Journal – December 2006


June 2021 Introduction:

Time to finish another year from my old journal. Naturally this post contains mentions of Christmas, including a meal with my work colleagues and a few of my TV highlights, plus a brief recap of the year as a whole. And there are other bits and pieces too, including DVDs, music, news stories, etc as usual. So I hope you enjoy!

Sunday December 3, 2006

After Tuesday’s trip to the hospital for Dad’s eye operation, the rest of this week has been pretty quiet. A colleague was off work most of the week (except Monday, when I wasn’t there instead), so it was pretty quiet. There were still jobs to do as usual, but nothing particularly exciting. I’ve finished watching Season 5 of 24 on DVD, and it was another cracking season, I have to say. Series 1 of QI has been, well, quite interesting too, as the name suggests. And I helped Mum shopping on Saturday to make it easier for her, as Dad might still have had some trouble.

The news hasn’t really been very interesting either. There was a report saying that road users should be charged for use of the roads, and Windows Vista was released to businesses. The Windows Vista operating system will be released to home users later, but I’m not that bothered about it. It hasn’t got anything that would make me want to upgrade. But that really is about it.

Friday December 8, 2006

This has been another quiet week. At work we’re trying to get automated faxing and mailing barcodes working, and have been doing some testing with the cheque printing. It’s not all going well, but we’re getting there with everything.

At home, I’ve started watching the Series 2 DVD of Doctor Who on my new surround sound system, and it sounds great. The subwoofer (that does the really low bass sounds) really rumbles when spaceships go over, and the surround sound is good too.

I’ve also got another batch of stuff from Amazon. I got the new Love album by The Beatles, which is basically remixes of some of their tunes, done by George Martin, which was the soundtrack to a circus show. The other CD I got was Crackers by Slade, a party album they did with a few Christmas songs on, including a live version of Merry Xmas Everybody.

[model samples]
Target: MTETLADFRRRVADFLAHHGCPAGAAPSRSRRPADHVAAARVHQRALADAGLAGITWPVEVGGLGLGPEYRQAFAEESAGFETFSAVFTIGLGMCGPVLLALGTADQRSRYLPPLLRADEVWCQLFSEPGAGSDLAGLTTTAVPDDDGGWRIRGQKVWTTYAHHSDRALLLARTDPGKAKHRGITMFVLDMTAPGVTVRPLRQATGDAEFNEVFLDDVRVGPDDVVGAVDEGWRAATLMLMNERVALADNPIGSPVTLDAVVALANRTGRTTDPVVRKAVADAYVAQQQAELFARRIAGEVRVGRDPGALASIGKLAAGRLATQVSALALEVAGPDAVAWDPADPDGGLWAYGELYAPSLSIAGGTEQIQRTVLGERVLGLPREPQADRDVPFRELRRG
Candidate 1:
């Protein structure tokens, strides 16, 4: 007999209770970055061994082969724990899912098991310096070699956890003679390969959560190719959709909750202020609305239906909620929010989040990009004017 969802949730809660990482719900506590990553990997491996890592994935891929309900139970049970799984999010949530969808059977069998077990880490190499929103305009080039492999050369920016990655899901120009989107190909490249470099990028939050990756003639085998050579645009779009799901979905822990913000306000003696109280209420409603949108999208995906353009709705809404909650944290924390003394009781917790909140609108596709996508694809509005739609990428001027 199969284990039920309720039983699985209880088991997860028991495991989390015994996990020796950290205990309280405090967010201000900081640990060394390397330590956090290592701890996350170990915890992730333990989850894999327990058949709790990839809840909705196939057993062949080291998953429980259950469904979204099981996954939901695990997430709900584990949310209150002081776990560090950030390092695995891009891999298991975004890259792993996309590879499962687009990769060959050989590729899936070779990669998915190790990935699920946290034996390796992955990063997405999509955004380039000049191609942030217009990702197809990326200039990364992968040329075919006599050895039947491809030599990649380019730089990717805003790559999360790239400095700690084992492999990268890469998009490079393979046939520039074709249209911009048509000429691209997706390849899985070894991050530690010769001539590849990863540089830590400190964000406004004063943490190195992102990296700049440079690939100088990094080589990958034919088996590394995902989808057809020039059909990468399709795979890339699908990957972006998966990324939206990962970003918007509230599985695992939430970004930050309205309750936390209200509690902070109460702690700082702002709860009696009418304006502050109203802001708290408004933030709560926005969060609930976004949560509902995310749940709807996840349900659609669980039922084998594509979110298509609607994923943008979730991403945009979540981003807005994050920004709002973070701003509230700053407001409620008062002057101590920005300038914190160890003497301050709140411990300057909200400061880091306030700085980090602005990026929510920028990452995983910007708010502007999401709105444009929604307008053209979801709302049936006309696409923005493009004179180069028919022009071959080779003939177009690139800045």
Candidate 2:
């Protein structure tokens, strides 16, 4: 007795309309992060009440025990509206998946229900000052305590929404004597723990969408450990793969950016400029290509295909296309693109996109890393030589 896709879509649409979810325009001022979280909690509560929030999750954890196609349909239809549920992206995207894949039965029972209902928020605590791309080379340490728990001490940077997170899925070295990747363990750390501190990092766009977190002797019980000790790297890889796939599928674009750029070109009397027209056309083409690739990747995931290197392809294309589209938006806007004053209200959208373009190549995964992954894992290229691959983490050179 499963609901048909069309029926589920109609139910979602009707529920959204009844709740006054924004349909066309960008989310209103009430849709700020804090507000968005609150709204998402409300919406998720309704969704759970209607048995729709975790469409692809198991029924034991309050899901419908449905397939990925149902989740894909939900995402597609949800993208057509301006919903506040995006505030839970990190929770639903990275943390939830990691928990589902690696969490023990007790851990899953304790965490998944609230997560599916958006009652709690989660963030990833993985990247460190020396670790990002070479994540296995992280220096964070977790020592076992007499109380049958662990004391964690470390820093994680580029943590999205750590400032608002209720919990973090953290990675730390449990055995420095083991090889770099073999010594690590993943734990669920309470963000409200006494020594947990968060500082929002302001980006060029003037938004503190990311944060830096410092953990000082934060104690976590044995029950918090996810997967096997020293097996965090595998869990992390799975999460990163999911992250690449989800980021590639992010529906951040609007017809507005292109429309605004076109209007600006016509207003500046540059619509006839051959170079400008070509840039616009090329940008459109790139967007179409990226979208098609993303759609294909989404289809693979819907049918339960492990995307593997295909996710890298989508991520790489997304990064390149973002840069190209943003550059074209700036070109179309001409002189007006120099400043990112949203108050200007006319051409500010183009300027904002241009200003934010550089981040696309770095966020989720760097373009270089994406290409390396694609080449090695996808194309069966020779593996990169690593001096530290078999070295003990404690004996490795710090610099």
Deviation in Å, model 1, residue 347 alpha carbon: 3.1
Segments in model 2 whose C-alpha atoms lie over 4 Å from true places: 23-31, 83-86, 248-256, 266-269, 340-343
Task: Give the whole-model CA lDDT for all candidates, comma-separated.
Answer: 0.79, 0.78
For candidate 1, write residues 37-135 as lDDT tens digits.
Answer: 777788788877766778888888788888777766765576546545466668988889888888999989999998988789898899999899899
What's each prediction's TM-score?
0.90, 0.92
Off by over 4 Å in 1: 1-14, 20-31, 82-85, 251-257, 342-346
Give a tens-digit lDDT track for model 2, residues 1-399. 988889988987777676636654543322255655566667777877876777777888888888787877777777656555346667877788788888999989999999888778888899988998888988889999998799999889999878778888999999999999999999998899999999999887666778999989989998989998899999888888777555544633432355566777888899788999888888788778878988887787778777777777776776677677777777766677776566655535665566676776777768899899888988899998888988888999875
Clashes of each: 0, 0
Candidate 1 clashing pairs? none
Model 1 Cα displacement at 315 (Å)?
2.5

In terms of DVDs, I’ve got the rest of One Foot In The Grave (the last 2 Christmas specials and the final Series 6) and the first series of The Green Green Grass (the Boycie spin-off from Only Fools And Horses). So there’s plenty to keep me going.

In the news this week there hasn’t been much to shout about. It wasn’t a good week for some people though. A tornado ripped through a few streets in London, damaging or injuring at least 100 houses, some of which may have to be demolished as a result. And in Sussex a fireworks factory blew up, killing 2 firefighters and injuring many others.

And that’s really about it. Dad’s doing ok, he’s been out a few times now, and has been able to read a few things. How much better it will get, we don’t know, but he’s happy so far.

Friday December 15, 2006

We’re all ready for Christmas now, having got our big flashing Christmas tree downstairs, and we did all our cards last weekend. I’ve also got an early present of £50 from the Premium Bonds! Which is great, because it’s given me an excuse to go out tomorrow, as I need to get a card for Mum and Dad anyway. Plus I can try to find the Christmas Radio Times and see what’s on. Doctor Who will be interesting with Catherine Tate involved. And I’ve just finished the episodes from Series 2 on the DVD. It’s brilliant in surround sound, and that final two-parter is probably made even better because of it. It’s still very moving as well.